they are designing during a performance. If a specific sound needs
to be programmed or patched, the synthesizer needs to be muted,
connections are changed and undesirable artifacts may occur. This
will often happen between pieces in a performance, but also within
specific compositions. Performing with an ensemble on a surround-
ing loudspeaker setup raises several issues considering the placing
of the musicians. In order to preserve the best listening positions
for the audience, it is usually necessary to perform at the boundaries
of the system, if not outside. This calls for a monitoring solution,
in order to enable the musicians to hear the actual mix in the lis-
tening area. The distribution of click-tracks and other auditory cues
for synchronization is a method often used in experimental ensemble
performances. Either as broadcast from a central unit or generated
on the musicians’ devices, these need to be synchronized.
Finally, it can be necessary to exclusively pre-listen other in-
struments in the ensemble. Reasons for this may be tuning or other
interrelated adjustments, as well as composition-specific dependen-
cies.
1.3.2. Visual Information
The presentation of visual information plays a central role in perfor-
mances of the EOC. Possible use cases are:
1. synchronized (graphical) scores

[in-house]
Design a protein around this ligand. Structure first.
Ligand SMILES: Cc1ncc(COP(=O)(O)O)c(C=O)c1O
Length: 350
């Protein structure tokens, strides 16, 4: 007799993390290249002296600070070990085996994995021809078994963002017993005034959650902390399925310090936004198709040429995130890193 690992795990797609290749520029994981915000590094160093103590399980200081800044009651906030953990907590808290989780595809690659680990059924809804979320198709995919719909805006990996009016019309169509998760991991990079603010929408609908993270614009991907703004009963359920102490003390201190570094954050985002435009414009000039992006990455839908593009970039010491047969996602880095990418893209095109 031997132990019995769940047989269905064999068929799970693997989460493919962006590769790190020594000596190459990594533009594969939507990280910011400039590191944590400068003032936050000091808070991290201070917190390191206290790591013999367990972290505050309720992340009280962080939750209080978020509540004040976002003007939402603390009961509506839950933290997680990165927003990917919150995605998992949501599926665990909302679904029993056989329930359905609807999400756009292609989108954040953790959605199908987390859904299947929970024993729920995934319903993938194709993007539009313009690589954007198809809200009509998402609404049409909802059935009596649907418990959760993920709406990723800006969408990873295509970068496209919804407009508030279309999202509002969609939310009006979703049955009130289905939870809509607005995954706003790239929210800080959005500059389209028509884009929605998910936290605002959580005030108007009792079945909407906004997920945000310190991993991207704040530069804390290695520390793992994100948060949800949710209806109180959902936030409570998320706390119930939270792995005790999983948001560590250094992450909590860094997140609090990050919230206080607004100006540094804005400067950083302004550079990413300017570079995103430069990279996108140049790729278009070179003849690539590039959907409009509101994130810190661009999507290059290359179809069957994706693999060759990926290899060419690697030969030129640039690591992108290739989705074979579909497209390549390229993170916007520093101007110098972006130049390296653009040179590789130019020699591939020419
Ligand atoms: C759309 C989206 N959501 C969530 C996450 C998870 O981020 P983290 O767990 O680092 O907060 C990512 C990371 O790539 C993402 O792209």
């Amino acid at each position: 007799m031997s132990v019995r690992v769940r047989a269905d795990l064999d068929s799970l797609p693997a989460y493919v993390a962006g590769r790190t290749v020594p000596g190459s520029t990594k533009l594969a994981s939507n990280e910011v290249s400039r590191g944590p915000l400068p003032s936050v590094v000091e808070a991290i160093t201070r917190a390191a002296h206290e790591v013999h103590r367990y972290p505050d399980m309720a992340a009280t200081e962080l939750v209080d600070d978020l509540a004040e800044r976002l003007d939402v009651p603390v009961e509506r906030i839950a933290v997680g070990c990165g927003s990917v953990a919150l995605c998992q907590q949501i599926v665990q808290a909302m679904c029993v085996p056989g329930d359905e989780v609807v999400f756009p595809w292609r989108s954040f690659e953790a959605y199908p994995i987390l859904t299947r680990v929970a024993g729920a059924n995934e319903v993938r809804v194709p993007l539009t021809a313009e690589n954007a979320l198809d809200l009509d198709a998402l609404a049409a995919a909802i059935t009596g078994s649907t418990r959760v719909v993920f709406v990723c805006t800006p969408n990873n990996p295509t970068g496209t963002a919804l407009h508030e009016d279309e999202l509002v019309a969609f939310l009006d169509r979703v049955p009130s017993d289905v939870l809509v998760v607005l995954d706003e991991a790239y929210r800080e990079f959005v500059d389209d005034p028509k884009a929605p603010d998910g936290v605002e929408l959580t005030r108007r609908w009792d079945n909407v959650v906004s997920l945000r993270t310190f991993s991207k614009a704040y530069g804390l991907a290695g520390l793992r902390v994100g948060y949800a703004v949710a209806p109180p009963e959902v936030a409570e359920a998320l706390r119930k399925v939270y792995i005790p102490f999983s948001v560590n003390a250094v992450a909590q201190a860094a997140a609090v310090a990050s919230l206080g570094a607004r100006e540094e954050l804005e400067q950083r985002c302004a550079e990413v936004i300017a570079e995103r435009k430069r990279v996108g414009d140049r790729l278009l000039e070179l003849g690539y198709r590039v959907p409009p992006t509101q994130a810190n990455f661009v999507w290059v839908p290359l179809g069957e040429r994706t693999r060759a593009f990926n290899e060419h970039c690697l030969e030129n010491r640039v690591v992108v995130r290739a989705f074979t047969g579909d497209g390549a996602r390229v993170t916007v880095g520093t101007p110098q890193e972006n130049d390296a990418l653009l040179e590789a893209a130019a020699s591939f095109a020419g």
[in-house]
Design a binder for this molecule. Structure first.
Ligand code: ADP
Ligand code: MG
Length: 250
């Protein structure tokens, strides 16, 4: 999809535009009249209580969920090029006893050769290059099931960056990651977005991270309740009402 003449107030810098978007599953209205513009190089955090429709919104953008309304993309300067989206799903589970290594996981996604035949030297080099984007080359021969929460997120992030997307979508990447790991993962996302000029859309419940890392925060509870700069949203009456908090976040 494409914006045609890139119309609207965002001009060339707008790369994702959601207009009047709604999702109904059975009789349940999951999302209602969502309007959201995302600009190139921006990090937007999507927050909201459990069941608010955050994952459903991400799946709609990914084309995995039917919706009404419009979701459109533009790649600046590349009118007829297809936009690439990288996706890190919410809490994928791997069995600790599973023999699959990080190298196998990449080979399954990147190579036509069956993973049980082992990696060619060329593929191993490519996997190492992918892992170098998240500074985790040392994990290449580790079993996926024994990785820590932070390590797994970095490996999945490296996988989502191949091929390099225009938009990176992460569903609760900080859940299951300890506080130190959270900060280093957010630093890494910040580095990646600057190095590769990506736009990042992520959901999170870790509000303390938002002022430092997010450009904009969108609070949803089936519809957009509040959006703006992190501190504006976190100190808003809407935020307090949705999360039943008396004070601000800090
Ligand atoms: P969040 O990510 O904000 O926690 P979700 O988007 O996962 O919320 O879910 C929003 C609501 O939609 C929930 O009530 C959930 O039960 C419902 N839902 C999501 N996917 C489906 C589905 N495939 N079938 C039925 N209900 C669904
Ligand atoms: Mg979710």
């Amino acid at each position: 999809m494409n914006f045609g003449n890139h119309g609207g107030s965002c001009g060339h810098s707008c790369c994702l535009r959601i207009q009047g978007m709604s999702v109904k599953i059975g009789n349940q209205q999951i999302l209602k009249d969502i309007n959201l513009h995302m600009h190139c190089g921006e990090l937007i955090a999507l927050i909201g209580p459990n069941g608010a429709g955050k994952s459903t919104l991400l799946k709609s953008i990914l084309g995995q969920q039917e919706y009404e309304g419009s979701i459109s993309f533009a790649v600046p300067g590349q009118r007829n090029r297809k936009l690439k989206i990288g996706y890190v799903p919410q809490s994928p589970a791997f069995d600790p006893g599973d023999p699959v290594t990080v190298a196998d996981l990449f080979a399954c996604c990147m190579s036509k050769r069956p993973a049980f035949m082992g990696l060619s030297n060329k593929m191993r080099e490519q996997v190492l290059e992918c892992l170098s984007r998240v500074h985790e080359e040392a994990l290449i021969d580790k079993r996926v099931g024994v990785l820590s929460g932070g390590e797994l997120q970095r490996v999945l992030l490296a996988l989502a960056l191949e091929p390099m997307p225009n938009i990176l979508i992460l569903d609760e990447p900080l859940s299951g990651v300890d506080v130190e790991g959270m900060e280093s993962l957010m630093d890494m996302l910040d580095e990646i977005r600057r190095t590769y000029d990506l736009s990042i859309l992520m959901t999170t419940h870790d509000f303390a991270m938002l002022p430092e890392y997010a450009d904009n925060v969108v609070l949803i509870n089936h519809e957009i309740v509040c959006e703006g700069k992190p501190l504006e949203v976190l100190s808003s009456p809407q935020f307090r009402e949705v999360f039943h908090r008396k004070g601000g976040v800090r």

2. digital clocks or metronomes
3. representation of the auditory scene
4. visualization of levels (metering)
5. visualization of system parameters (tuning)
It is common practice to show synchronized scores on tablets to
performers or to present a digital clock in order to align live perfor-
mance with playback or automated processes. This is often realized
using tablets with a screen diagonal of about 10".
The EOC usually performs on multi channel loudspeaker sys-
tems, making use of virtual point sound sources for spatialization.
In this case it can be helpful for the ensemble to see the individual
source positions. Thus, each participant is aware of level manipula-
tions due to source distances.
Clipping of input signals is a reoccurring problem, not only in
performances of electroacoustic music. Even if level control is car-
ried out by a sound engineer or sound director, the nature of the